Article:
Rush Lane

Rush Lane, Queen West's new cocktail-focused nightspot, opened this summer to no small amount of buzz. Featuring a team of multiple owner-bartenders, the place appears ready to make a real splash in what is already a sizeable pool of talent, and has invested heavily in equipping itself for the challenge of establishing itself as one of Toronto's top cocktail joints.

Upon entering, one might notice the window to a laboratory in the back containing tools like centrifuges and evaporators. Bartenders routinely test the pH balance of their citrus juice to ensure consistency. Clearly little is left to chance.

That said, it's equally likely that one might notice the gorgeously-lit 1970's-themed decor, or the fish tank in what looks like an elevated mini-VIP section overlooking the bar.

The cocktail list is designed as a collaborative effort between the whole bar team, featuring Jordan Bushell, Simon Hooper, Doug Twigger ( Thompson Rooftop ), and Chris McCrabb ( The Chase ).

We tried the 'Not Your Average Joe' ($11), made with gin, cucumber-black pepper syrup, mint, and malolactic acid in place of citrus. It was bright and refreshing, and paired exceptionally well with the poached oysters ($10), served up on a bed of edible 'sand', and topped with compressed cucumber, salmon roe, and hollandaise.

Chris Scott ( Ursa , Acadia ) has been tasked with creating a range of bar snacks that impress as much as the drinks. Given his molecular background with spots such as LAB, it's not surprising to see some neat tricks and ideas working their way onto the plates.

A nod to the popular graffiti alley behind Queen Street (from which the bar takes its name) was found in the dessert on offer ($8), where milk sorbet, on a bed of cake crumbs, could be 'tagged' with sprayable flavours - aloe (green), pomegranate (red), and cotton candy (blue). Hopefully the interactive element doesn't discourage people from enjoying how tasty this was.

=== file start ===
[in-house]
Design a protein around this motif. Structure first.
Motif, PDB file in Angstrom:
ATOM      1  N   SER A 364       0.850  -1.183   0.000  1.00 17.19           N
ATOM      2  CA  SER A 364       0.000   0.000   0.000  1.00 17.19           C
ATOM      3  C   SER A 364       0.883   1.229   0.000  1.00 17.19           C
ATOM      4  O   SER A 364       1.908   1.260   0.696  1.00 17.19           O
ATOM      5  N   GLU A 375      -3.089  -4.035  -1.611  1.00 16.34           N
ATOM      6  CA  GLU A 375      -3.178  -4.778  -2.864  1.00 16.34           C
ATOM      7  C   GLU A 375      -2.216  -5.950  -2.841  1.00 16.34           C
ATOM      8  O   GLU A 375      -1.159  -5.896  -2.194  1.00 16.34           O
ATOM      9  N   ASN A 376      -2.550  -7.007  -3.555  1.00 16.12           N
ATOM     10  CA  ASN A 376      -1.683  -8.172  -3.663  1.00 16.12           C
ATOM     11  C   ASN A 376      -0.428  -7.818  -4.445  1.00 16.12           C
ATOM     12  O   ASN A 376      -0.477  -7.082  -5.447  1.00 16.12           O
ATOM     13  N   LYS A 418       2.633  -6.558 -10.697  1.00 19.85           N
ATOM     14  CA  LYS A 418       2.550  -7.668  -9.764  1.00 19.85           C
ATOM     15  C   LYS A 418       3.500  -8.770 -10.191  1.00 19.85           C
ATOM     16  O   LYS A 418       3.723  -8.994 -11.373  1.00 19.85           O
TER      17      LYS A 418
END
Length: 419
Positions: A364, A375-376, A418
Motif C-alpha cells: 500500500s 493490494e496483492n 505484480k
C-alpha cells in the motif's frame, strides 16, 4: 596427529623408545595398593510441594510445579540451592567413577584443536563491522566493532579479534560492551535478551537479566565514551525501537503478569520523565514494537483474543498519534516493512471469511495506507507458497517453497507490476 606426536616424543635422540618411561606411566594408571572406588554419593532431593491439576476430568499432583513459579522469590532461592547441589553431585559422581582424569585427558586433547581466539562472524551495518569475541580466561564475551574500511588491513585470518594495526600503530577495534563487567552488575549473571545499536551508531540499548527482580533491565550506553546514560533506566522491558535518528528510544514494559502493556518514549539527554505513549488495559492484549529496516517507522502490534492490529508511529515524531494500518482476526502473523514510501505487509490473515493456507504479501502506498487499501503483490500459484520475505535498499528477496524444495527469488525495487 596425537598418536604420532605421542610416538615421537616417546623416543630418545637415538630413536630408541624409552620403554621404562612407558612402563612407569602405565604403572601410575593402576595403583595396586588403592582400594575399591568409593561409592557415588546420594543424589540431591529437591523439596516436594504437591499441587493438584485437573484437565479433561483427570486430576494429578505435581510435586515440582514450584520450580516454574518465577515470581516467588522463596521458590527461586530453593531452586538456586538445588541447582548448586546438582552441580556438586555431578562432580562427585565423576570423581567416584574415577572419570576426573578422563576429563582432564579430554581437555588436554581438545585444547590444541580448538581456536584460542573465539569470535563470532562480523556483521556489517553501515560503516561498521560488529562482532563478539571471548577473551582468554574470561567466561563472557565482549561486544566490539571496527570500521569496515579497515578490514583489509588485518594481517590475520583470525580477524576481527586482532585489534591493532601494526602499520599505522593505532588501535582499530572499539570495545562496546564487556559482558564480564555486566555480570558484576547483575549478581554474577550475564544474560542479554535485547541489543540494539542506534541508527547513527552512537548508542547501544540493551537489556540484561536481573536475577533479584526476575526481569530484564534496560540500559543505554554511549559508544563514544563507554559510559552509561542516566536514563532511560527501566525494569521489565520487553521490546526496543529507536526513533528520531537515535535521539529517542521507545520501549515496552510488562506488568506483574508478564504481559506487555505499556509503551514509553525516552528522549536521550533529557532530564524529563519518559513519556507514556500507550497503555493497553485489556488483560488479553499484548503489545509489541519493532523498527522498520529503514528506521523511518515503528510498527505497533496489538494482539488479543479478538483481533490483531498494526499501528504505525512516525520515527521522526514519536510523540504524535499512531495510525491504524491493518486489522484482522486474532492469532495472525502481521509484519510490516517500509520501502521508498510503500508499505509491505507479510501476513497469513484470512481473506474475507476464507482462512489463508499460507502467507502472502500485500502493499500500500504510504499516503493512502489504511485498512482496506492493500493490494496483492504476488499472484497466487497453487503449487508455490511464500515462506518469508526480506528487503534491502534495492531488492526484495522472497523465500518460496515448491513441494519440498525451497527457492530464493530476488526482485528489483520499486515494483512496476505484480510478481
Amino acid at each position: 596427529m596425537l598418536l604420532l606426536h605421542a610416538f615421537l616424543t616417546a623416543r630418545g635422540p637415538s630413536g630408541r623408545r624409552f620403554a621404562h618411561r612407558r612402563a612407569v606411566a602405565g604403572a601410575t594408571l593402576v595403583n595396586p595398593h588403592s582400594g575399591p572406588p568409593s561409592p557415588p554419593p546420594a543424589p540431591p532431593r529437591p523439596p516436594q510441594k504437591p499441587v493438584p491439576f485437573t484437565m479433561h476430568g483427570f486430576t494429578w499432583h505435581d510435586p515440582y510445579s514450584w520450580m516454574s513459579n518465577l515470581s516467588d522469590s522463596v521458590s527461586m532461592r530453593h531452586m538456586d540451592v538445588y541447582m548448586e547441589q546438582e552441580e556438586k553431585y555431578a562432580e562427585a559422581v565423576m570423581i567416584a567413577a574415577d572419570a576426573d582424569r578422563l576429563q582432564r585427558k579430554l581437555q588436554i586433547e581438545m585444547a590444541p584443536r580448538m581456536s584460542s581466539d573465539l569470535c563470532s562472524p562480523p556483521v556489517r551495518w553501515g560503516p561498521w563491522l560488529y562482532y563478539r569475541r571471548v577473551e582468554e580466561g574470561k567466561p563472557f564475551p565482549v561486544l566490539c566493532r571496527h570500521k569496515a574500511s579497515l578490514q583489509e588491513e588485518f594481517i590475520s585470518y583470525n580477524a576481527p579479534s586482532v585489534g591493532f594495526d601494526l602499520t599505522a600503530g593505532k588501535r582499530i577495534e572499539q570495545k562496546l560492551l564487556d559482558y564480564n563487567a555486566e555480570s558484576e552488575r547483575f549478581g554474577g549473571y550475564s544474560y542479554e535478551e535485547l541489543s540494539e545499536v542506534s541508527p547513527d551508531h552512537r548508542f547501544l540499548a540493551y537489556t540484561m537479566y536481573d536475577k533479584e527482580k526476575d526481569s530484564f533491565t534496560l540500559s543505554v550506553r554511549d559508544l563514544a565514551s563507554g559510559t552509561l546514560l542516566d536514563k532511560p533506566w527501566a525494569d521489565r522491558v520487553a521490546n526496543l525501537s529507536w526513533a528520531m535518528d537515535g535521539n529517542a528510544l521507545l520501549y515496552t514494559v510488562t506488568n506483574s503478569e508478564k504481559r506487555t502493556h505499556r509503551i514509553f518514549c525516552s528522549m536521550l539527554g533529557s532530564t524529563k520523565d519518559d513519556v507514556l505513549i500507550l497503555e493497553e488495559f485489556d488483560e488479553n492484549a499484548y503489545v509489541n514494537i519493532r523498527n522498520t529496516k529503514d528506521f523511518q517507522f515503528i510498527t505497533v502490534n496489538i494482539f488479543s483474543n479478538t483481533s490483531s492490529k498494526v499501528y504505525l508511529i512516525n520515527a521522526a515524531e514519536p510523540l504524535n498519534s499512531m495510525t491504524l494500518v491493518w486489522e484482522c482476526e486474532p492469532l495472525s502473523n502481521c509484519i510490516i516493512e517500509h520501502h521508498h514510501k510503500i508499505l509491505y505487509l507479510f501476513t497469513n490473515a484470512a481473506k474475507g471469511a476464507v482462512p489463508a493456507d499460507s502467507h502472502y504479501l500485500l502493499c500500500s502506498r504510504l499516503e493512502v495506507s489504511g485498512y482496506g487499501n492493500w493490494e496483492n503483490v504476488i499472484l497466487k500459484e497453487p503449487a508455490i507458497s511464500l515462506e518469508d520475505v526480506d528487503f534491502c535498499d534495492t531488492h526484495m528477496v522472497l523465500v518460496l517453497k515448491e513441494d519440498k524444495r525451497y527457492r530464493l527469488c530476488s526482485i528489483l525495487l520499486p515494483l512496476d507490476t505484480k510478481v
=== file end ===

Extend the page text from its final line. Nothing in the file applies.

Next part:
We also tried the molasses-glazed smoked turkey wing ($9), with puffed amaranth and fried kale. Sweet and smoky, it wasn't long before I forgot I was in a swanky nightspot, and had the whole thing in my hands to make sure nothing went to waste.

While Tiki culture is all the rage right now, Rush Lane's menu largely sidesteps much of that, with the exception of the Chai-Tai ($16), with Sailor Jerry, Grand Marnier, both pecan orgeat and chai-vanilla syrups, pineapple, and lime. This makes for a heady concoction that's topped off with a bowl of smouldering torched cardamom pods for dramatic, and aromatic, effect. Trader Vic would be proud.

The final drink we tried was the P.X. I Love You ($13): a much lighter, surprisingly creamy drink, comprising sherry, cachaรงa, umeshu , marmalade, and lemon.

I'm really impressed at what's on offer so far, but it seems that there's more in the works. Alongside beers on tap (Boneshaker, Blanche de Chambly, Okanagan Pale Ale) are taps to serve up to four draught cocktails, and a planned punch program that hopes to replace the tired convention of bottle service.

There's clearly a lot to like about Rush Lane, though I expect it may get seriously packed on the weekends. That said, the guys here seem to relish the challenge of providing to a bustling throng, and if the draught cocktails can help speed up service, it shouldn't be too much of a nightmare to get a quality cocktail even on the busiest of weekends.

Rush Lane

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Rush Lane

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